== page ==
Marisa: No one knows better than writers how the imagination can help you travel somewhere far and exciting. I once edited my novel on my phone while crammed onto a shuttle bus between subway stations (there was a power outage). I had one hand on the pole for balance and the other scrolling through the text I’d written just before leaving the house. I find that if I write something and re-read it at least an hour later, it’s almost like I’m reading it for the first time, and it gives me a truly fantastic opportunity to see what works and what doesn’t – even on the bus.

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Leona: I love writing on trains! Crushed in with other people, afraid of making eye contact, and listening to music. The mental walls come up and form a “quiet” internal space more effectively than any physical walls. Sometimes I get my best raw work done typing away on a Blackberry and praying that no one sits close enough to read what I’m writing.

In a group

Marisa: I’m still waiting for Team Tweak to get together for a writing session (kidding, guys!). I can just imagine how writerly it would feel to type away in a café with food at one’s side, knowing that your fellow writers are tapping away just as productively on their keyboards.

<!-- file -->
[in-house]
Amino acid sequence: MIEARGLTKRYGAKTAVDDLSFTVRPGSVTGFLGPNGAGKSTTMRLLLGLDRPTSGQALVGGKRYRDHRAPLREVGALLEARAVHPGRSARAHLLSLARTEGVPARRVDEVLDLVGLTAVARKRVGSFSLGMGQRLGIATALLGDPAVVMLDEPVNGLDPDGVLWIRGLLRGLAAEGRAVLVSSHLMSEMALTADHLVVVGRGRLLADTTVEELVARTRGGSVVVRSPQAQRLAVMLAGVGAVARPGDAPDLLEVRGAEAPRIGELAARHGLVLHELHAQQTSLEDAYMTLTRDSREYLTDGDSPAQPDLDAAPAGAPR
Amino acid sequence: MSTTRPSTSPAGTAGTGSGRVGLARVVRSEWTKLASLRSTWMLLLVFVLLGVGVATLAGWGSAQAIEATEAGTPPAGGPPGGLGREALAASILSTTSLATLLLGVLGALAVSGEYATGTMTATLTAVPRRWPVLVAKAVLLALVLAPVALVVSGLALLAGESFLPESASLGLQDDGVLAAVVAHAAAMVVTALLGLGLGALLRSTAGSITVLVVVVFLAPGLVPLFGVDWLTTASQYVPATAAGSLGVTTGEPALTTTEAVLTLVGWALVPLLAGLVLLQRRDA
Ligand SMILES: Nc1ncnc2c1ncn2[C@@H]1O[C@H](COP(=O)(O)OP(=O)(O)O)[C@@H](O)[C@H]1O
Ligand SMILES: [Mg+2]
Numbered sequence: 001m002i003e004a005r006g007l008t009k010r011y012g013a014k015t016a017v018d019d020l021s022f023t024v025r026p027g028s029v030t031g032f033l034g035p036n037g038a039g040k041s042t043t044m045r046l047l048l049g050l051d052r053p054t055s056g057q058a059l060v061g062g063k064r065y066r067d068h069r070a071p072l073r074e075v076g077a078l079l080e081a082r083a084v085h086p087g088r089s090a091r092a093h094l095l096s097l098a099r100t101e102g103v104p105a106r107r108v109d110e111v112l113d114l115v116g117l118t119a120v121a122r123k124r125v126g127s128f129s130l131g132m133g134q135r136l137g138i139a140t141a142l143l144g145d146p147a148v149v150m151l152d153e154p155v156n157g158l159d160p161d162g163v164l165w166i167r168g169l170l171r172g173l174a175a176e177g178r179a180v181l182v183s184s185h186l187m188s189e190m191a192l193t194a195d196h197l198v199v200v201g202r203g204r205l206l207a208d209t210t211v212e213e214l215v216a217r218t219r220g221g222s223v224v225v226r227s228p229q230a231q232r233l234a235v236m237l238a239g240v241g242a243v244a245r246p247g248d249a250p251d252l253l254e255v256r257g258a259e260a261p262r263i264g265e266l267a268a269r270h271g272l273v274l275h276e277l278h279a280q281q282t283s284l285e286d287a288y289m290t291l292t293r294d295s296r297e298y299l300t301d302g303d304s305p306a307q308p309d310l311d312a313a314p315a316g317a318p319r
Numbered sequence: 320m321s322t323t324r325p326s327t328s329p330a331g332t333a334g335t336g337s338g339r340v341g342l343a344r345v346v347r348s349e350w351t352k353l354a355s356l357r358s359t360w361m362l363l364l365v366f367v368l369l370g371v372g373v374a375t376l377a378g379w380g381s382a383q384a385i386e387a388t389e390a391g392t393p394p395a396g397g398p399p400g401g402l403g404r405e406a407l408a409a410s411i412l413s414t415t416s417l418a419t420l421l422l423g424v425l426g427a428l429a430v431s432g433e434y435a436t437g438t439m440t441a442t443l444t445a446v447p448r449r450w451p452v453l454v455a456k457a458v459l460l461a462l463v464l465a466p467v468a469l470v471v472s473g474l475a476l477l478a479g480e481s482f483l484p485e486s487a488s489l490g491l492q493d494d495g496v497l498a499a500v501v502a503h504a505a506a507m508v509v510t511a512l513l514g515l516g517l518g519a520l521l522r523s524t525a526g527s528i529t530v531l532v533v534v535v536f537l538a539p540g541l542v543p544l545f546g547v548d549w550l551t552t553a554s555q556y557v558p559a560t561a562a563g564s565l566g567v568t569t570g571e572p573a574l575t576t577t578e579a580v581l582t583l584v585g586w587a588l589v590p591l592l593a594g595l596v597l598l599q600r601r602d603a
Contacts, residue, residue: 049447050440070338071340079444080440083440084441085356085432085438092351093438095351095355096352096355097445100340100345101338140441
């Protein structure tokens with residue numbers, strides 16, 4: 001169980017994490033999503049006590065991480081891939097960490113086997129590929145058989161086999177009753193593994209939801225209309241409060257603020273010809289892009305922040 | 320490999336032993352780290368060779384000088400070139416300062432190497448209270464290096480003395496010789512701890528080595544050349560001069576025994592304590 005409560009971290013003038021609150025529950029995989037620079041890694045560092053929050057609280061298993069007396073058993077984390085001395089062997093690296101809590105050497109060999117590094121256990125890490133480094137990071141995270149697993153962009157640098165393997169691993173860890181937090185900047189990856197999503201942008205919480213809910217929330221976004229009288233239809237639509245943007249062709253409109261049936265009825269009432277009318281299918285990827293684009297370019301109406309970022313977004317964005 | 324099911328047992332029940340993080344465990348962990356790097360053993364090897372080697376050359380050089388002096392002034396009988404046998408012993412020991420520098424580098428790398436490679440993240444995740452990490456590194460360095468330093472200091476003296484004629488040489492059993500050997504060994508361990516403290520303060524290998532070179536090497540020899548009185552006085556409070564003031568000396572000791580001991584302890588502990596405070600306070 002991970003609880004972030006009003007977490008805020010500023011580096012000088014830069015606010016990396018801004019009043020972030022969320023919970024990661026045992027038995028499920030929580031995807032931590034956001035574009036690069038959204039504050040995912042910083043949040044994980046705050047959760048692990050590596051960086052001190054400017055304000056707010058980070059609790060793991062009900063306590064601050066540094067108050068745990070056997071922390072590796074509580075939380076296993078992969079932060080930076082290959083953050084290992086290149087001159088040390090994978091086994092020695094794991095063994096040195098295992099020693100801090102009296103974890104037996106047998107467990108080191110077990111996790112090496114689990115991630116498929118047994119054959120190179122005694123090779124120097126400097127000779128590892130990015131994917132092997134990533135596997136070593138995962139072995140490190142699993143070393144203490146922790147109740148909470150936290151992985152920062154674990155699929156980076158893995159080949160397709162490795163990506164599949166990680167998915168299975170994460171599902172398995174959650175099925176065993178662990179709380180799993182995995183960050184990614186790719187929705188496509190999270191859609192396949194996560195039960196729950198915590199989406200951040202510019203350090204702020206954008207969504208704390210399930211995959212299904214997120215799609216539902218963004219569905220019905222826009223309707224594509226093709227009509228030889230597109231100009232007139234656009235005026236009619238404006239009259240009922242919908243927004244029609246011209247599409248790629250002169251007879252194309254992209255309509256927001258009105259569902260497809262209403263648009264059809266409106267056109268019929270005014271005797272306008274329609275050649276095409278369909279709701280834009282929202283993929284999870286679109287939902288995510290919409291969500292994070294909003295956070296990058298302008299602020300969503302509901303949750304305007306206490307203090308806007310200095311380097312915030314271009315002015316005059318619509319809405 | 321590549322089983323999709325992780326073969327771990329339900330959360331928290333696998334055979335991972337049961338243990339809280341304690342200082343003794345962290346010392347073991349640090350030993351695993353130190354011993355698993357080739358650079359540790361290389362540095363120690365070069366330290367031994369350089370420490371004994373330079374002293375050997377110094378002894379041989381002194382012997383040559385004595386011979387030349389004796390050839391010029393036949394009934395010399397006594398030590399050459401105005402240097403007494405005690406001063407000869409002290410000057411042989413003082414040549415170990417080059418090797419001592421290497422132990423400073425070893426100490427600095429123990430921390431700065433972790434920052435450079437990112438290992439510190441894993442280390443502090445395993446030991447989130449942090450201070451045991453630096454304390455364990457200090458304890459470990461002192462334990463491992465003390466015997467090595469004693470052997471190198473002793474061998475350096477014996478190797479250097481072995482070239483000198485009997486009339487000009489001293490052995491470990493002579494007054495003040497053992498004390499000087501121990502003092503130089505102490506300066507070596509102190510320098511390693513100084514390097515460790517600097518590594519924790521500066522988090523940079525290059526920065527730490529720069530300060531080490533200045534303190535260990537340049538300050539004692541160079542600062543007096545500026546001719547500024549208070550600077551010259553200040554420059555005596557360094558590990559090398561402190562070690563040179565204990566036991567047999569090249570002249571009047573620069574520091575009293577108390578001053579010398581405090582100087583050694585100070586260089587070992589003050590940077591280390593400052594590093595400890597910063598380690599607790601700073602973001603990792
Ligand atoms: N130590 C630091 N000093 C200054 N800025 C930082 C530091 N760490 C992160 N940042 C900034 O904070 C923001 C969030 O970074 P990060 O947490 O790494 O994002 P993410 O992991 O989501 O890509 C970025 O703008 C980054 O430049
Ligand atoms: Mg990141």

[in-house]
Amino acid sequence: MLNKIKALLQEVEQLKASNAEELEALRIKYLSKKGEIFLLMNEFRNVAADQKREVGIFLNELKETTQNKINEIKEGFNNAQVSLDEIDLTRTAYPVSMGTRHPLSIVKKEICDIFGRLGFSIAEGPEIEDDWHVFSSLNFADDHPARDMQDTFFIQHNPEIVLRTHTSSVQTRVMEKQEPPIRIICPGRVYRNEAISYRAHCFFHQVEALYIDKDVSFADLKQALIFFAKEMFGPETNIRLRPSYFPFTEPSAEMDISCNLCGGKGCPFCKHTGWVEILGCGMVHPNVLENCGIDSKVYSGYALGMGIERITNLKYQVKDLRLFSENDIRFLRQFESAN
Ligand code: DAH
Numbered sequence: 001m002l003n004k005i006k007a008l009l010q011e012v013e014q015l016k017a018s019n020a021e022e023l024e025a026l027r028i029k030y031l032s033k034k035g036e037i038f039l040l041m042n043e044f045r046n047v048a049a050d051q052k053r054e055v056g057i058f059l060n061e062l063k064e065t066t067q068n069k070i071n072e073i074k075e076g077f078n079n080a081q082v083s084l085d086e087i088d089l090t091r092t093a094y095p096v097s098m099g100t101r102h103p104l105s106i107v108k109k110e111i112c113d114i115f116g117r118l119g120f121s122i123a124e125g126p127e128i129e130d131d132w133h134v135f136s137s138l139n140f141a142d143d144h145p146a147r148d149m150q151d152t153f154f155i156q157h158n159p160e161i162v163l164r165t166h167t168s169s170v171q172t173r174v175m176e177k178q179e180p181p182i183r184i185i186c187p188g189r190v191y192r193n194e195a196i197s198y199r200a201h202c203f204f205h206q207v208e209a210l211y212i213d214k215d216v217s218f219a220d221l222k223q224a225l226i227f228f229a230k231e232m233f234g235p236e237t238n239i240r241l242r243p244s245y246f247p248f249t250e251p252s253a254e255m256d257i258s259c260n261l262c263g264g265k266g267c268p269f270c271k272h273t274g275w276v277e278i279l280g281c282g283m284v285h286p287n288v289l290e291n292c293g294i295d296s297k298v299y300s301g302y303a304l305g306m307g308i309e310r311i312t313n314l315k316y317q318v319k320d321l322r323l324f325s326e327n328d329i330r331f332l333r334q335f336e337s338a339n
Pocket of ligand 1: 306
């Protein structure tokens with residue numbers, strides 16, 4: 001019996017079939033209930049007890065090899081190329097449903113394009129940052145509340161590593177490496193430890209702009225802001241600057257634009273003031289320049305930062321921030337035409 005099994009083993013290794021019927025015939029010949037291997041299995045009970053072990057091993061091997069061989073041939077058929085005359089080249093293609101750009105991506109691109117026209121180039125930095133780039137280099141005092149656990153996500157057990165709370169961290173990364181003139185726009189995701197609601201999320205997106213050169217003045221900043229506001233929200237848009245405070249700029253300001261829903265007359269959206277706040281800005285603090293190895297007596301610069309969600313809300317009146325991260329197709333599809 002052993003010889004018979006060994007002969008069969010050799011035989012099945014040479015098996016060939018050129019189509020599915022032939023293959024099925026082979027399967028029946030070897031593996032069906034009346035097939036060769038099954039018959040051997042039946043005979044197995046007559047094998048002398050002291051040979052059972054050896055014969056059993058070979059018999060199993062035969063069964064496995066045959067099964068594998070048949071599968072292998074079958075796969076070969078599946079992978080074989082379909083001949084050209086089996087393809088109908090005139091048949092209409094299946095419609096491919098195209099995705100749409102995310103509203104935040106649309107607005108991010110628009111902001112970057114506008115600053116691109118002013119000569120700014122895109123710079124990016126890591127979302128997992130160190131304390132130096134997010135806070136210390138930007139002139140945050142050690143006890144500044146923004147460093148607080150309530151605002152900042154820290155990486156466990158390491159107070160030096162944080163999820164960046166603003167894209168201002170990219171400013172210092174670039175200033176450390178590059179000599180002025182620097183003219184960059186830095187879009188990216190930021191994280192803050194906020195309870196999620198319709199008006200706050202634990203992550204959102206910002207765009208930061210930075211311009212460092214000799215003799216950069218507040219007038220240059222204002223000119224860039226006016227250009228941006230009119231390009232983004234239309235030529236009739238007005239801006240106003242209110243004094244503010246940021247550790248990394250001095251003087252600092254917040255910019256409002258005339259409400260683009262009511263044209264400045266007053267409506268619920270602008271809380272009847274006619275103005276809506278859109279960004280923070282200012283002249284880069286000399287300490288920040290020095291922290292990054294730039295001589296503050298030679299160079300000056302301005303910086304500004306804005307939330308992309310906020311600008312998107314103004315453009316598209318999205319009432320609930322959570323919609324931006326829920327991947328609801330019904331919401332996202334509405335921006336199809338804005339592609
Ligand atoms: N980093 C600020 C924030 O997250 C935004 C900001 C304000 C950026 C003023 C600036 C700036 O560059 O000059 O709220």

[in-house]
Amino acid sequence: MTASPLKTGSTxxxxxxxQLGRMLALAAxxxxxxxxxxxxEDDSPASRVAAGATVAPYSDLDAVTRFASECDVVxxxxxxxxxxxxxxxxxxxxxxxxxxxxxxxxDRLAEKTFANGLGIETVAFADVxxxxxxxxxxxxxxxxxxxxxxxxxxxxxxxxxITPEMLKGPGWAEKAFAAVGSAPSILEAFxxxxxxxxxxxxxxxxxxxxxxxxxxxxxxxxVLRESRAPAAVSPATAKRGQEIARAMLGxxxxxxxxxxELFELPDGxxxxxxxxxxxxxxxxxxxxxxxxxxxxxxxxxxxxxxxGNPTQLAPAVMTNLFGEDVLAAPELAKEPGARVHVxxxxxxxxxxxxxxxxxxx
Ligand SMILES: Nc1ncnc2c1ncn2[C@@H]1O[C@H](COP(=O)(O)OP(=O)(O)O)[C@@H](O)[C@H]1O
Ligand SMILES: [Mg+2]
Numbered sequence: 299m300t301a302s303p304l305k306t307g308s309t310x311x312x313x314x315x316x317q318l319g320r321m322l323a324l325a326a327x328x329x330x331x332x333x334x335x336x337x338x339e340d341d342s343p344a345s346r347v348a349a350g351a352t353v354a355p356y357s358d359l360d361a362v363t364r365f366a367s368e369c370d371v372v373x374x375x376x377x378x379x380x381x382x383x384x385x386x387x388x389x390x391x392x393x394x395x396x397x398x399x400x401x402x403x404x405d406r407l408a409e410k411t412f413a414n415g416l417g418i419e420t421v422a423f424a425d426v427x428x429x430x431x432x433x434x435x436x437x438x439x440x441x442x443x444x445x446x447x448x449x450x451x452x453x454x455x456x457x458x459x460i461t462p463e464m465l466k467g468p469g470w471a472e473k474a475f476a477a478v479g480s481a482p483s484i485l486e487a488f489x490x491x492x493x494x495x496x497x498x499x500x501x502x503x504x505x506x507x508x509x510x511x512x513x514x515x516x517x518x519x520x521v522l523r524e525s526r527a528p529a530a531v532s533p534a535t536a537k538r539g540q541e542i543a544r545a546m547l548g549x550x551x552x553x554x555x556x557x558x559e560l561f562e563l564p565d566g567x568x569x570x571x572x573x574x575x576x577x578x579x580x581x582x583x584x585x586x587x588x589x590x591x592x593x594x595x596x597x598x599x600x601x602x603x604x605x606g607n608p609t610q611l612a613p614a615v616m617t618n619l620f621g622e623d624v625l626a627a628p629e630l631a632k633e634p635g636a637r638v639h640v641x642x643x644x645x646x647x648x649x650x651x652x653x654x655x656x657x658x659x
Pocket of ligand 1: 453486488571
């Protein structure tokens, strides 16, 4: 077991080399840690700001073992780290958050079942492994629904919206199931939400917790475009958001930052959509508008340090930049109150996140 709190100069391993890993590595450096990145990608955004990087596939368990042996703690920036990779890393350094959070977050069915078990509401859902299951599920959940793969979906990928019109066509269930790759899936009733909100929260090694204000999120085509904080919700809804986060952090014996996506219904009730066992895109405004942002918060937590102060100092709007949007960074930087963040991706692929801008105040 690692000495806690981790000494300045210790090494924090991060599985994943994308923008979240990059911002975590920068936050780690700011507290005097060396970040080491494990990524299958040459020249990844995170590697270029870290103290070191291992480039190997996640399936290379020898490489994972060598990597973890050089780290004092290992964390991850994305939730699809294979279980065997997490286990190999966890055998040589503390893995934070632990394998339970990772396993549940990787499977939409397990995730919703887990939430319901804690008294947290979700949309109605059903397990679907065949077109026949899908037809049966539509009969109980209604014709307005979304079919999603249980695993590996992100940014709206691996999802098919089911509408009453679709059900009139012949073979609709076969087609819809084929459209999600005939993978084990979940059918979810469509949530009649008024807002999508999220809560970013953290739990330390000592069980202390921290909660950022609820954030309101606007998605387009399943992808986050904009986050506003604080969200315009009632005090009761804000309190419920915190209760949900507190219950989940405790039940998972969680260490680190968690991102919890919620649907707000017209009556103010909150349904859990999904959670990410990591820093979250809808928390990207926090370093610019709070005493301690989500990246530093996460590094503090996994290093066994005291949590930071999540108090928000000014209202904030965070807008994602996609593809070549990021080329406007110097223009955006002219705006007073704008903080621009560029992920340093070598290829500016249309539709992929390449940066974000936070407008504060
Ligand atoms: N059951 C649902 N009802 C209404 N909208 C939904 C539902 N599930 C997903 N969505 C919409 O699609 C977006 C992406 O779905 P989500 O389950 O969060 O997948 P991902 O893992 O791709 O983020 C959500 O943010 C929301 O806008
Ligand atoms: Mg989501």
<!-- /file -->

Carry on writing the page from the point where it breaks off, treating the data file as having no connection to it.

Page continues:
Leona: This is a good way to stay on task. It’s not as easy to waste time when you’re surrounded by people who know what you should be doing. Also, if you get stuck on a word or idea, they are a convenient sounding board. We’ll get together soon, I hope!

Out and about

Marisa: When I was little, I got a lot of inspiration from the creek near my house. I even wrote half a novel that took place in that lush, natural neighbourhood. I absolutely love nature and the idea of scribbling away in a notebook under the sun. I actually got a lot of my writing done while on vacation during my childhood! The only downside is having to type everything up on the computer later…Different environments always offer fresh perspectives.

Leona: Sometimes you just have to get out of the house and away from the pressures and distractions. My favourite café is a ten-minute walk, they play jazz music, they have $1 refills on coffee, and they know who I am and what I’m going to order before I even make it to the counter.

How about you? Where do you write?

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6 thoughts on “Where do you write?

  1. Pingback: Where do you write? | Leona Carver